Strandings of marine vertebrates (whales, dolphins, dugongs, turtles) are regularly observed on the coasts of New Caledonia. These unpredictable events allow us to enrich our knowledge of the biodiversity of the region's marine megafauna and to obtain low-cost information on the threats that weigh on it. The collection of data during strandings allows a better identification of threats to marine mammals and their evolution.
Examination of carcasses provides information on the cause of death (e.g. natural deaths, capture in nets or collisions). The samples collected can provide information on the pathologies developed, or allow the estimation of pollutant concentrations, especially in the case of cetaceans which, as top predators, can concentrate pesticides and heavy metals. In addition, it provides information on the demography and structure of the populations. All the information collected provides information on the status of populations, their relationship with the ecosystem and anthropogenic impacts.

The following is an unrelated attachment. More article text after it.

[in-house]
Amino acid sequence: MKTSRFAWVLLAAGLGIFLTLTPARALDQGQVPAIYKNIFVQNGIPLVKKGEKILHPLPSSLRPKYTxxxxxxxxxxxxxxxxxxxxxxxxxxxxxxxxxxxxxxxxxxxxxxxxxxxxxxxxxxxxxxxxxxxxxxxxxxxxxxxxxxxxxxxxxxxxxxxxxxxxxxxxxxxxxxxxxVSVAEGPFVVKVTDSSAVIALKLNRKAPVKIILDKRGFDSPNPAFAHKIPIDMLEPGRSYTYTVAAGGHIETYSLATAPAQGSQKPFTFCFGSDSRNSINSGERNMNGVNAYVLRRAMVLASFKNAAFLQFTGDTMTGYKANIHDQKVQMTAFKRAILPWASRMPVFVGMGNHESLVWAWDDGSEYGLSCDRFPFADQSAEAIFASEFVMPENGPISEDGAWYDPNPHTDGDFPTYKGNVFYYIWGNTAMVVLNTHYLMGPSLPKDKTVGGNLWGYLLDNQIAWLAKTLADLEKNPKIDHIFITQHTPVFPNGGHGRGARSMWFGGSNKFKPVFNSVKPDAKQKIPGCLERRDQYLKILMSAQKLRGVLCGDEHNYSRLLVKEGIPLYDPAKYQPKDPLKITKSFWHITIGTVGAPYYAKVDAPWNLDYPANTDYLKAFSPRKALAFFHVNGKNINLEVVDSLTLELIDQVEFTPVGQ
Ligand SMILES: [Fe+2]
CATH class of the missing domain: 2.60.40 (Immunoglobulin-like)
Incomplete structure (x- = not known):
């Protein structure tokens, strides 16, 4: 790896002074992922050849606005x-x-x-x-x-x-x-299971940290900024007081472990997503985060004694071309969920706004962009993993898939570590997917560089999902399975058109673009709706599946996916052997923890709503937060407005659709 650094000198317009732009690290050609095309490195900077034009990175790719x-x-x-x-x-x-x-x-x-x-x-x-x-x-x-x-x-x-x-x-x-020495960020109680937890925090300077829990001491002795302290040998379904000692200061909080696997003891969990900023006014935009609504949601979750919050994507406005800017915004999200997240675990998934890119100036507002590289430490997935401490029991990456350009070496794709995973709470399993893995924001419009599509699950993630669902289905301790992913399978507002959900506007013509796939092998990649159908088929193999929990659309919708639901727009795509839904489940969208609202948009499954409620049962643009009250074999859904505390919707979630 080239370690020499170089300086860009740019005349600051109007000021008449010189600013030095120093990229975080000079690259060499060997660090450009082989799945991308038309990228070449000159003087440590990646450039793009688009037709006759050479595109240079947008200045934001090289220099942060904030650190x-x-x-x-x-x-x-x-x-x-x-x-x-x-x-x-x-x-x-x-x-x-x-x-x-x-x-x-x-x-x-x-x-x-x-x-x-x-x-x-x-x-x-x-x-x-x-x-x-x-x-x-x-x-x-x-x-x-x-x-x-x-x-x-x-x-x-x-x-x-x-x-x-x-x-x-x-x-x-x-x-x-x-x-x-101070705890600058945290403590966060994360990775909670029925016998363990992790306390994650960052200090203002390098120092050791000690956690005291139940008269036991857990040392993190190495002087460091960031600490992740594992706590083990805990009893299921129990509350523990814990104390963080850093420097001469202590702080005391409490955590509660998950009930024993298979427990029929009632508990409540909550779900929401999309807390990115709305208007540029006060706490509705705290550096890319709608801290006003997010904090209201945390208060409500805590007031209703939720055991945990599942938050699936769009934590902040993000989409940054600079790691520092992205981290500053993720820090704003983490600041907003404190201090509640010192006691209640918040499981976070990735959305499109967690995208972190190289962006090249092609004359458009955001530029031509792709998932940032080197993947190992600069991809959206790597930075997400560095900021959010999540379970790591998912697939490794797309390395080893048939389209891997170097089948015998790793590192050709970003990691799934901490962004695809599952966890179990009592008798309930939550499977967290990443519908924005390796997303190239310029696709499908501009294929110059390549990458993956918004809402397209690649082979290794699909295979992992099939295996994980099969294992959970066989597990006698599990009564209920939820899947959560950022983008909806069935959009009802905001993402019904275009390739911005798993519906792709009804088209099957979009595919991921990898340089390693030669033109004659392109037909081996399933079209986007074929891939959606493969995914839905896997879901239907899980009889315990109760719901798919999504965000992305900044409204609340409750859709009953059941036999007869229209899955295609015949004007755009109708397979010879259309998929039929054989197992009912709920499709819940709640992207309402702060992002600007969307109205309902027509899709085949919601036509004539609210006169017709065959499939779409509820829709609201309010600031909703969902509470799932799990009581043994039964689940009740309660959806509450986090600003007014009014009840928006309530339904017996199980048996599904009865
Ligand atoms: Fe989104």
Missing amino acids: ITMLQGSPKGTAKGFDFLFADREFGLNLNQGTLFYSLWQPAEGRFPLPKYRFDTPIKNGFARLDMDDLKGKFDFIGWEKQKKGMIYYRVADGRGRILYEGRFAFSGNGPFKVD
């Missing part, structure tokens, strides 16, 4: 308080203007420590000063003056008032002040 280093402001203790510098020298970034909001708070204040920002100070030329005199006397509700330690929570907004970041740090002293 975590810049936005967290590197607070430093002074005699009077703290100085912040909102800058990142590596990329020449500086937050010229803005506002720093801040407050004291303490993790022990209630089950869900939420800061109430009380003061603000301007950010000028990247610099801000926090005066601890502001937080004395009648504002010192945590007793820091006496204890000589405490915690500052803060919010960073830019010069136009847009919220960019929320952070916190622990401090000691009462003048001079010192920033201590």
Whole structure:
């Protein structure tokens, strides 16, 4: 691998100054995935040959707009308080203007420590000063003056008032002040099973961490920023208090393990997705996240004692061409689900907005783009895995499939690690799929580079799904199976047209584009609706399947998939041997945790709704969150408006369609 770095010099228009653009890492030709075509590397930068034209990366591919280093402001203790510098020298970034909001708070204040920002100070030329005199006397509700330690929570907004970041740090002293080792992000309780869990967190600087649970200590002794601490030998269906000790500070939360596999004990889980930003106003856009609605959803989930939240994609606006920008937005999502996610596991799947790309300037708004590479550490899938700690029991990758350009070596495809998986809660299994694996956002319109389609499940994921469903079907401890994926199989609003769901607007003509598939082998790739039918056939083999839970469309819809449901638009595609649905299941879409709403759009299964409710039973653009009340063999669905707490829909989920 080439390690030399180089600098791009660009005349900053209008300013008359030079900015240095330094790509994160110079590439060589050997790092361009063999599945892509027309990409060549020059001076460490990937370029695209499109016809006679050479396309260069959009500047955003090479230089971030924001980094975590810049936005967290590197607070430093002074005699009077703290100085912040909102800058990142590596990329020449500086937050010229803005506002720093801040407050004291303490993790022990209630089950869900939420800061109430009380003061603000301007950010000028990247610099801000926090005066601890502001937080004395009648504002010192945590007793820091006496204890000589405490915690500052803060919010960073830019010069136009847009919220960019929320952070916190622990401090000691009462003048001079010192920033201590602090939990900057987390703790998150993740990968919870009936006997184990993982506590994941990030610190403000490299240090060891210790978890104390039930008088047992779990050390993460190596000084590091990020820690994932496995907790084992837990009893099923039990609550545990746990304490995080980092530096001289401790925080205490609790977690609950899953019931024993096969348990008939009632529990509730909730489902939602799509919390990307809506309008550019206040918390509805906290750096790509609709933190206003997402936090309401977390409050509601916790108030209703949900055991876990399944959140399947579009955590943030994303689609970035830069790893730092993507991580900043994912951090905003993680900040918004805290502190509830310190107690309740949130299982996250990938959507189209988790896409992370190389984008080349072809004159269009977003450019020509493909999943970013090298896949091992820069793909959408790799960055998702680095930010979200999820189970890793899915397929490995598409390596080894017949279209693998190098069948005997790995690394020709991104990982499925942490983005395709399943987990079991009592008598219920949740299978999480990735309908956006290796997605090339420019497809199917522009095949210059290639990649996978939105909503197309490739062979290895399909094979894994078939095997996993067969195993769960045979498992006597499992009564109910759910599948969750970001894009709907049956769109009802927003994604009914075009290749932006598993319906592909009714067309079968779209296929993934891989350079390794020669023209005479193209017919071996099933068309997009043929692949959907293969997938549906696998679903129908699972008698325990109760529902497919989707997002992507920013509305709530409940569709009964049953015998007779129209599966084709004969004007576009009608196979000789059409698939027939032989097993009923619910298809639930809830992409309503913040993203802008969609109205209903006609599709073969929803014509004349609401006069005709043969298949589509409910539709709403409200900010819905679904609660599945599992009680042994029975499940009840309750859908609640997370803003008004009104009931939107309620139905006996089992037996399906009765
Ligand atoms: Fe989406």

Strandings are therefore a significant source of information on dugong and cetacean populations along the coast of New Caledonia. For some very rare species, they are the only way to obtain information. To date, several species of cetaceans are known only by a specimen stranded on our coasts.
The general objective is to capitalize on the historical information collected during marine mammal strandings and to facilitate the capture of data collected by the various stakeholders. To this end, a website is being developed so that all stakeholders can record their observations and data. This common site will allow a global vision of the threats on the whole of New Caledonia. The collected data will be made available to managers and the scientific community. A cartography will allow the spatial visualization of strandings facilitating the work of the managers and the restitution of information to the general public.
(1) To archive the data collected over the last 30 years in order to make them available to the scientific community and to the managers of New Caledonia's maritime space.
(2) To facilitate the transmission and storage of information collected during a stranding event.
(3) To allow the spatial visualization of marine mammal strandings.